When good management meets a bad business, the business usually wins, Warren Buffett famously observed.

Did Mr Buffett ever come across the team at Booker? The UK wholesaler floated in 2007; the share price then was around 24p. Now it is 170p, and shareholders have also received 15.5p of dividends and capital returns (with another 7.16p to come).

So its managers are entitled to say “trust us” as they pay £40m in cash for what looks like a pretty lousy business and make only vague promises on returns. Musgrave, the owner of 1,800 Londis and Budgens franchised convenience stores, is facing food price deflation and the big supermarket chains are muscling in on its turf. Sales are falling, and it is lossmaking.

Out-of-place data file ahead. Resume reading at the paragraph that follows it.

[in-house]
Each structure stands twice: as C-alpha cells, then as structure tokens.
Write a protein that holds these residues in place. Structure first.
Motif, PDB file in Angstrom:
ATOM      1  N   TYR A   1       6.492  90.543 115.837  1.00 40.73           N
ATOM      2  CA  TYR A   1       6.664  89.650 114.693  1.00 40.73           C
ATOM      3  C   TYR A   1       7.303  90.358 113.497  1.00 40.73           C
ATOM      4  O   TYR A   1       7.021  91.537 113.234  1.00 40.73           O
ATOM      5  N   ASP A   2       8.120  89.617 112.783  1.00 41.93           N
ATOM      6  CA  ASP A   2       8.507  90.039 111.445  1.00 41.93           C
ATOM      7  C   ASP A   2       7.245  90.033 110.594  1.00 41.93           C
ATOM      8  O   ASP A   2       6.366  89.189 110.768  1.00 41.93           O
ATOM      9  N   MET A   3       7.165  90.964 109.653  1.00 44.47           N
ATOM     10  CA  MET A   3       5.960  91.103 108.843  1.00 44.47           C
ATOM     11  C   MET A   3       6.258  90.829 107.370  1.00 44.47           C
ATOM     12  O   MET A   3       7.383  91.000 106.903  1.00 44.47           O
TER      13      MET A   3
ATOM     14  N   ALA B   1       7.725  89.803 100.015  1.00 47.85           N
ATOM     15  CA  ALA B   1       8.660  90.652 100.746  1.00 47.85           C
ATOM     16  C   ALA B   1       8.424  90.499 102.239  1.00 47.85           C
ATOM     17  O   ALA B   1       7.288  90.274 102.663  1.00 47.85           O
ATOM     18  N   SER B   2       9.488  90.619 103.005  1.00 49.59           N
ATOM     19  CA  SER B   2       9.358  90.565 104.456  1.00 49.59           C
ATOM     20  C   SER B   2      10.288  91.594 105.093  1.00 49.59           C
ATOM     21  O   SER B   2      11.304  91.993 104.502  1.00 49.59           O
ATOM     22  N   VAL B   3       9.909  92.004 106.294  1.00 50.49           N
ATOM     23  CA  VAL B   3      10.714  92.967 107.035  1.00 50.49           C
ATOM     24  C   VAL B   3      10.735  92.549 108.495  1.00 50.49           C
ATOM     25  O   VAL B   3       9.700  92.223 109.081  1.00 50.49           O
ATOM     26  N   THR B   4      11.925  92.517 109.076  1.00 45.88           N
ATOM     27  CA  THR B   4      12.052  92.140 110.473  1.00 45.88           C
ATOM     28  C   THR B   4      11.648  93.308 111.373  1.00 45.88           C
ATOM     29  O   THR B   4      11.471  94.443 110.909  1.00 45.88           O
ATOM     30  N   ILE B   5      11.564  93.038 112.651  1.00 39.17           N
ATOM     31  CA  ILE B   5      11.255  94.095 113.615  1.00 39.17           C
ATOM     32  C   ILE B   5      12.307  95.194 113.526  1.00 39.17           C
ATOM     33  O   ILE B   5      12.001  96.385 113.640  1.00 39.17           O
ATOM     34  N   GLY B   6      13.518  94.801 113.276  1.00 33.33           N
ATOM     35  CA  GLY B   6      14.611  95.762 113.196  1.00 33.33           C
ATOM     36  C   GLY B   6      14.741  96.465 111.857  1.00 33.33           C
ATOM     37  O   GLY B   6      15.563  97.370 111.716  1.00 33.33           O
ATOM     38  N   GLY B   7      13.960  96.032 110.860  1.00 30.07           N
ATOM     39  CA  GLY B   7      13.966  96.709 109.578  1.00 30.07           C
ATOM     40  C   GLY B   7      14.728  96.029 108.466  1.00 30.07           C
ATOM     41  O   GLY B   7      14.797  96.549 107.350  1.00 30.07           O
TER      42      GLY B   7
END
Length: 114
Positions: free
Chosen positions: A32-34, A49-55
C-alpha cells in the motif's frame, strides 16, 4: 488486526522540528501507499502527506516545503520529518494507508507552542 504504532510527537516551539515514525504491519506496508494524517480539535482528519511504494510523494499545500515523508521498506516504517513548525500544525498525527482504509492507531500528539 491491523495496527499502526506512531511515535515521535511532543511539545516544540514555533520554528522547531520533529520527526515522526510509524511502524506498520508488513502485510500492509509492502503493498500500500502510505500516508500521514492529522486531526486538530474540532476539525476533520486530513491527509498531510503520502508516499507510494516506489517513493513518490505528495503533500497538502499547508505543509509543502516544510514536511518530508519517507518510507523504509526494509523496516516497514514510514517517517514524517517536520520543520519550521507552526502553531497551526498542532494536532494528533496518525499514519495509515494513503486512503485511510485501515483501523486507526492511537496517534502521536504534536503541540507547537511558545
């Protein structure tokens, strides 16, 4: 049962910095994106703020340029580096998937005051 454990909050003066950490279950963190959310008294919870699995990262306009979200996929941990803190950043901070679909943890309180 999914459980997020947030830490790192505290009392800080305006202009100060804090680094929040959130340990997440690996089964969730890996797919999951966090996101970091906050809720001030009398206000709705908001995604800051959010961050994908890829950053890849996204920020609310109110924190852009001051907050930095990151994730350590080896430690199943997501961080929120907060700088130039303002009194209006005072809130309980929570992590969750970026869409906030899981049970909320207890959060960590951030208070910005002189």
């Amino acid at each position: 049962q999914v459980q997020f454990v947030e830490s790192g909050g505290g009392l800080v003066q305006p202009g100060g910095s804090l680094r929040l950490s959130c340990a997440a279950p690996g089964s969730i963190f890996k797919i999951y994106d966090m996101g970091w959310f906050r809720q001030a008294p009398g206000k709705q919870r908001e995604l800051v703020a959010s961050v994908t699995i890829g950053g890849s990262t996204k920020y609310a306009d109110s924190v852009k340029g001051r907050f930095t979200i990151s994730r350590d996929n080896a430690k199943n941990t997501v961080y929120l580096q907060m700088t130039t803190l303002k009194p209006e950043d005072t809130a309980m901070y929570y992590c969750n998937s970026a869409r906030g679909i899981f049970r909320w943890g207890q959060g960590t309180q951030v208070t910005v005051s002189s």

Booker already owns 3,000 similar franchised stores. Combining them with Musgrave’s will increase exposure to the south east of England and add scale. Simple, but effective.

Email the Lex team at lex@ft.com

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